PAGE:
The Sword-Edged Blonde  - Alex Bledsoe

[Originally posted on tumblr on 12. April 2013]


Alright, yesterday evening I finished Alex Bledsoe’s ‘The Sword-Edged Blonde’, which is a nice genre mix novel.

This story starts out with our first person narrator and main character Eddie LaCrosse sitting in his office. Kind of noir-like, yes? After that it’s off to his new case and when the hero of the story suddenly stepped into a tavern I got the feeling this was suddenly a ‘western’. Nevermind that, because suddenly there’s some kind of spy (‘special op’) who saves the hero’s ass and then takes him somewhere else because of a new and more important case.

Up to this part everythings was a little awkward because usually you wouldn’t suspect this kind of genre mix in a fantasy novel. Though I knew about it beforehand. Yep, that’s right, the enviroment is actually medieval-ish fantasy though everyone talks quite ‘modern’ and the characters have names that are easy to remember and are pronounceable. Which is really refreshing because I have quite the problem with
a) names that are of the ‘what the hell is that word supposed to be - oh, it’s written with a capital letter so it’s a name and
b) I’m not sure I could pronounce. Ever.
So yes, thanks for non-‘fantasy’ names. Keyboardsmashing unfortunately rarely results in getting you quality names. Actually looking up names does. (No offense to people who actually are so amazing and make up their own languages. I bet you guys can actually pull off inventing names that are actually pronounceable.)

The thing with this book is that when the main character gets to the actual main plot the plot suddenly advances ‘in reverse’. You get some nice flash backs that actually move you forward in the story because it’s vital information for the plot. I think that was very interesting and very much better than simply infodumping the main character’s past. Especially since he’s the kind of ‘tragic past’ hero so he doesn’t want to think too much about it because it sends him into fits of angst but that’s okay.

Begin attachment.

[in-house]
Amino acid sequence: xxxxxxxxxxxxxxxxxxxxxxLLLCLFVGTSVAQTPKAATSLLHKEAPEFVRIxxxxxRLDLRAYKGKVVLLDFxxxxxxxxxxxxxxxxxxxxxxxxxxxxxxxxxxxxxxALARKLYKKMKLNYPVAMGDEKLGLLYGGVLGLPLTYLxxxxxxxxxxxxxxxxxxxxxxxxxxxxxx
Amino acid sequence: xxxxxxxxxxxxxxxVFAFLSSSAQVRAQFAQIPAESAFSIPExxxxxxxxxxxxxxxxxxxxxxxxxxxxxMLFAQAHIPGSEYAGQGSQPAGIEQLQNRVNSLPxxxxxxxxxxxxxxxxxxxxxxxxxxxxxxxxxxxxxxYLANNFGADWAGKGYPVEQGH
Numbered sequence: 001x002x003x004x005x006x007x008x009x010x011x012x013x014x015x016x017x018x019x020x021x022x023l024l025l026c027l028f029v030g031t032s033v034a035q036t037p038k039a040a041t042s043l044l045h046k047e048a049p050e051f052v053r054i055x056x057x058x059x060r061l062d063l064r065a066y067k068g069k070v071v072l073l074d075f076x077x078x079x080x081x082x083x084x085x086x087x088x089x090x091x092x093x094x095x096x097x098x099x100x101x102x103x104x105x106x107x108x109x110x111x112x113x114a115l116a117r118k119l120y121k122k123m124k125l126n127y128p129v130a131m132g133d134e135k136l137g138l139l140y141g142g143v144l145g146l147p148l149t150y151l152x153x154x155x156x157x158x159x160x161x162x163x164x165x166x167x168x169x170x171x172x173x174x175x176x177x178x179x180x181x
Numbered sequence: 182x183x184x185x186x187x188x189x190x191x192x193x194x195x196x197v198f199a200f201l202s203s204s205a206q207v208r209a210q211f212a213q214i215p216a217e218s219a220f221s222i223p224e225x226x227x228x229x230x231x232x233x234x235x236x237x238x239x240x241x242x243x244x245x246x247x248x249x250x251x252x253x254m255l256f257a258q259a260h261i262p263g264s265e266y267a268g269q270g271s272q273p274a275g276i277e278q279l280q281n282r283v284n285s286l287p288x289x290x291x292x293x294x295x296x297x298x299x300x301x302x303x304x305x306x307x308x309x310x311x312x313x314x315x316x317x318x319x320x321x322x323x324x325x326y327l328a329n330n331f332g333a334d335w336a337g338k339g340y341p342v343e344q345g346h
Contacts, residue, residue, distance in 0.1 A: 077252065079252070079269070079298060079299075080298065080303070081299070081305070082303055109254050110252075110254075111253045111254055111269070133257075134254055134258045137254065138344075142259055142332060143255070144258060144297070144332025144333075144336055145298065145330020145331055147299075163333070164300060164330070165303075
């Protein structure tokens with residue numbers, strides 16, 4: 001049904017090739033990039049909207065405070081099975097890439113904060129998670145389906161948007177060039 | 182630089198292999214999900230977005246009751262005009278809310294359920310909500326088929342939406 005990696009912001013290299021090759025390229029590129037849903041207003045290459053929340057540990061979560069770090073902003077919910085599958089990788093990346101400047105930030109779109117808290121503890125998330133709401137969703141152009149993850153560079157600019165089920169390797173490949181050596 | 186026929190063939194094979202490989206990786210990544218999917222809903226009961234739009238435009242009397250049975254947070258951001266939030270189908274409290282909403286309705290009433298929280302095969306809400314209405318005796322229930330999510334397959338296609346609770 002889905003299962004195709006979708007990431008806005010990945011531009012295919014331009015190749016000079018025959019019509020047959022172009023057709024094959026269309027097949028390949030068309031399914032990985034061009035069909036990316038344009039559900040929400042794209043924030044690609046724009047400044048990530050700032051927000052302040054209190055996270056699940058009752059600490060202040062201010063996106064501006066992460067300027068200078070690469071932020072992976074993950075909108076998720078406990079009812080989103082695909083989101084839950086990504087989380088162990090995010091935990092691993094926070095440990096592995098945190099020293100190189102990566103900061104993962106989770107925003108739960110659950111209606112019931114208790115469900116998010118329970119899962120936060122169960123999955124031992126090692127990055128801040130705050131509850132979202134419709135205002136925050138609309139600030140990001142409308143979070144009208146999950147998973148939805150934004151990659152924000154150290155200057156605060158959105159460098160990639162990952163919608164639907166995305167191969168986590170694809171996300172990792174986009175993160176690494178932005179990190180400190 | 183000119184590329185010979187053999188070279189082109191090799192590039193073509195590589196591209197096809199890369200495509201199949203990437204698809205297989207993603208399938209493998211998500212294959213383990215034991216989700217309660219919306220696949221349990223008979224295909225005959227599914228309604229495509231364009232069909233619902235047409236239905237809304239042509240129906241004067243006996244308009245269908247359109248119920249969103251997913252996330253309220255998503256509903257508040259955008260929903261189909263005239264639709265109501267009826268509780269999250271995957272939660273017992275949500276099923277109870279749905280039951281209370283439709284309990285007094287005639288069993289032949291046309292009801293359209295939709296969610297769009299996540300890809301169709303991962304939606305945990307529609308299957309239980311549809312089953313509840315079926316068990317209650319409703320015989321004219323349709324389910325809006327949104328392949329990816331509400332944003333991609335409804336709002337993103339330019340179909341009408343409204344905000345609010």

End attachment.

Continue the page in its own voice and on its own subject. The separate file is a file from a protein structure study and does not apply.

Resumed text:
Also, the narration is extremely witty. Just for example, there are two scenes in which Eddie gets knocked out and in the first one he pretty much explains how it’s never like in one of those usual hero stories that the hero is suddenly wide awake. I liked that. The second time that happens someone drugged him and the room is spinning. And there are some lines that amused me endlessly:

"It took four tries, but eventually I got to my feet. The room showed its appreciation by trying to turn inside out."

Shortly afterwards: "I banged my head against the wall until my skull’s thickness scared the room into behaving."


Since this book is pretty short with only 320 pages you don’t get much of the fantasy world setting. Sure, the narrator explains that there are celibate wizards and moon priestesses (who have some really gruesome rituals) but apart from Eddie’s encounter with a really interesting character you don’t get much about the magic part. As for the world: This book comes without a world map but that’s alright. The narrator explains what you need to know and that’s about it. I guess.
Well, it’s certainly not a high fantasy book. Someone on the Goodreads forums named this genre ‘Sword Noir’ which sounds really good.